Dr. Walter Urba, Director of Cancer Research at the Robert W. Franz Cancer Research Center is one of the many oncologists who treat cancer patients with therapy that targets the immune system. While patients can opt for chemotherapy or targeted therapy, Dr. Urba recognizes immunotherapy as a more comprehensive treatment for its ability to stimulate the immune system as a way for the patient’s body to seek out and destroy cancer cells on its own.
According to Urba, “Immunotherapy is the science of stimulating a patient’s immune system to recognize the differences that occur when a cell goes from being benign to malignant. Any cell that’s producing proteins at higher levels or that are altered in a way that looks foreign to a patient’s immune system can be recognized and destroyed if the immune system is properly stimulated.”
He continues, “Immunotherapy teaches the body to recognize malignant cells and look for foreign invaders. It promotes cellular immunity wherein a variety of cells wander the body by flowing through the blood system and the organs to seek out, identify and destroy abnormal cells.”
You hear about patients going through chemotherapy often. However, there is a major difference in how the body reacts to chemotherapy versus immunotherapy. Urba explains, “The major difference between chemotherapy and immunotherapy is that chemotherapy is toxic and designed to poison the tumor cell without distinguishing between normal cells and cancer cells. This results in collateral damage like hair loss, nausea and vomiting. Targeting the immune system works indirectly, whether through antibodies or vaccines. These methods don’t have a direct effect on the tumor cells, rather, they stimulate antibodies or cells of the immune system that recognize the tumor and get rid of it, limiting the damage to nearby normal cells.”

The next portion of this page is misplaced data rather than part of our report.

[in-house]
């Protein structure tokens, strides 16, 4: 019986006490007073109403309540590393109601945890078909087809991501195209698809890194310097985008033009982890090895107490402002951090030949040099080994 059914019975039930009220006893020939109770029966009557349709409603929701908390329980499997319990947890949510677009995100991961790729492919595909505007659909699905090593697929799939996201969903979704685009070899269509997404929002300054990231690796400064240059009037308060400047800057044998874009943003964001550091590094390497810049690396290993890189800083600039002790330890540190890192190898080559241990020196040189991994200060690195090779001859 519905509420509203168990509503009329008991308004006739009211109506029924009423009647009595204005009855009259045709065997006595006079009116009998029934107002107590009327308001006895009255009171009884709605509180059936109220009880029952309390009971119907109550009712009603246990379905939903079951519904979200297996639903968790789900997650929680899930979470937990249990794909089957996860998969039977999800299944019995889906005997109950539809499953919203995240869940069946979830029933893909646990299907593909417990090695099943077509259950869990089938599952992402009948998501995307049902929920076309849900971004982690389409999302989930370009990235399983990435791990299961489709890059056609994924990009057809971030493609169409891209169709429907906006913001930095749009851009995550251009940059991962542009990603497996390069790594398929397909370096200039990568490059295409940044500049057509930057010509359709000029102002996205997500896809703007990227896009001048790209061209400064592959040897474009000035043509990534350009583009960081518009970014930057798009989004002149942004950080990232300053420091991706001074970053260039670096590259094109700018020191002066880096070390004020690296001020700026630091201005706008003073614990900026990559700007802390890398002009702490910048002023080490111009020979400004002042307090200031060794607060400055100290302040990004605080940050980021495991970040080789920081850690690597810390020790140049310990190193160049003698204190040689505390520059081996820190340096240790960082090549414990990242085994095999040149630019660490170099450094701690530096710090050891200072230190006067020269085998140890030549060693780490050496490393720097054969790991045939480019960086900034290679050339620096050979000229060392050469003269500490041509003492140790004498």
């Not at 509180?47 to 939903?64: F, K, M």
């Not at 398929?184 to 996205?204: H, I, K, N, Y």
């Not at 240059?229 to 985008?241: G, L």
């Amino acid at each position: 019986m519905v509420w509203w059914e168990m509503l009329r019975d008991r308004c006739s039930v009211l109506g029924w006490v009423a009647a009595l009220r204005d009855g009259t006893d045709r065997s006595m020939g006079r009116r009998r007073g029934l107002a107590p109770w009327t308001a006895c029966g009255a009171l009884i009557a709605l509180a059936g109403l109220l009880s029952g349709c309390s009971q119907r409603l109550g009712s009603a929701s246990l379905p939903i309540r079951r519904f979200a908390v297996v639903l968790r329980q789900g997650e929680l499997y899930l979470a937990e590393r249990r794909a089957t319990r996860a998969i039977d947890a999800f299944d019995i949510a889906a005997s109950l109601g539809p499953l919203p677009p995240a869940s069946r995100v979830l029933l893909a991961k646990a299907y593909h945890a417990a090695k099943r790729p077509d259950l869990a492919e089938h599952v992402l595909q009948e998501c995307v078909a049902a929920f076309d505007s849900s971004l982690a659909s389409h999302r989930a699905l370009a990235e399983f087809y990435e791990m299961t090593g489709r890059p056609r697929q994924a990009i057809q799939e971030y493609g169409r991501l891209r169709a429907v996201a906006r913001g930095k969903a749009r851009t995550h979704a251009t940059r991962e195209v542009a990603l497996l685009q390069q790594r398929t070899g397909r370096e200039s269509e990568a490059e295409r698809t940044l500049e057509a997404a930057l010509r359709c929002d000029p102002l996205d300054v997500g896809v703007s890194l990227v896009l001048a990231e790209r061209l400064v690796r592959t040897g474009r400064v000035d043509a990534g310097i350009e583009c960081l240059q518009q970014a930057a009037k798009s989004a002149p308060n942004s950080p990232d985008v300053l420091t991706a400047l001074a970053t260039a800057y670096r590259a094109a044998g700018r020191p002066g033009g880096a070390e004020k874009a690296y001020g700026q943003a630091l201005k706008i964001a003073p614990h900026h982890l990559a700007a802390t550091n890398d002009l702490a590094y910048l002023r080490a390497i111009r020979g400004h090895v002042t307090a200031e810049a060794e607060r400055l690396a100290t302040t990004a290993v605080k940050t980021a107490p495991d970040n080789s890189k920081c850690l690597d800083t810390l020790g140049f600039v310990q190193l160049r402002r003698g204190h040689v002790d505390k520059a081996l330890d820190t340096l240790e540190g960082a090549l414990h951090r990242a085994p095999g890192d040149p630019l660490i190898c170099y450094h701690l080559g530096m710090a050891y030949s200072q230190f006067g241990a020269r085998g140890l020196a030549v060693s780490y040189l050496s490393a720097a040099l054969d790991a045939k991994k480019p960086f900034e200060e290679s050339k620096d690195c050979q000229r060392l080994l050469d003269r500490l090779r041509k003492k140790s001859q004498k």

Immunotherapy is an option for many cancer patients, although Providence is still researching the attributes of the ideal patient. “Generally the smaller the tumor burden or the earlier the stage of disease, the better the results of treatment. So far, the field of immunotherapy is still young, but we have had many positive clinical trials and treatments available for patients who have not had any benefit from chemotherapy that we are hopeful,” says Urba.
“When patients have advanced stages of certain types of cancer, we use immunotherapy as their first line of defense, while in other cancers it may be as a second or third line therapy when other drugs fail. We treat many patients with immunotherapy in our oncolocy clinics every day, some in a non-experimental setting while others receive immunotherapy through clinical trials or experimental methods when standard therapy doesn’t work. We want everyone to have access to this therapy, so we try not exclude anyone seeking this type of treatment,” he continues.
For patients with cancer, hope is often what they cling to during treatment. Urba says, “At Providence, hope works through a different mechanism. We deliver it through our standard of care and by offering patients the opportunity to fight their cancer through experimental therapies that other centers may not have.”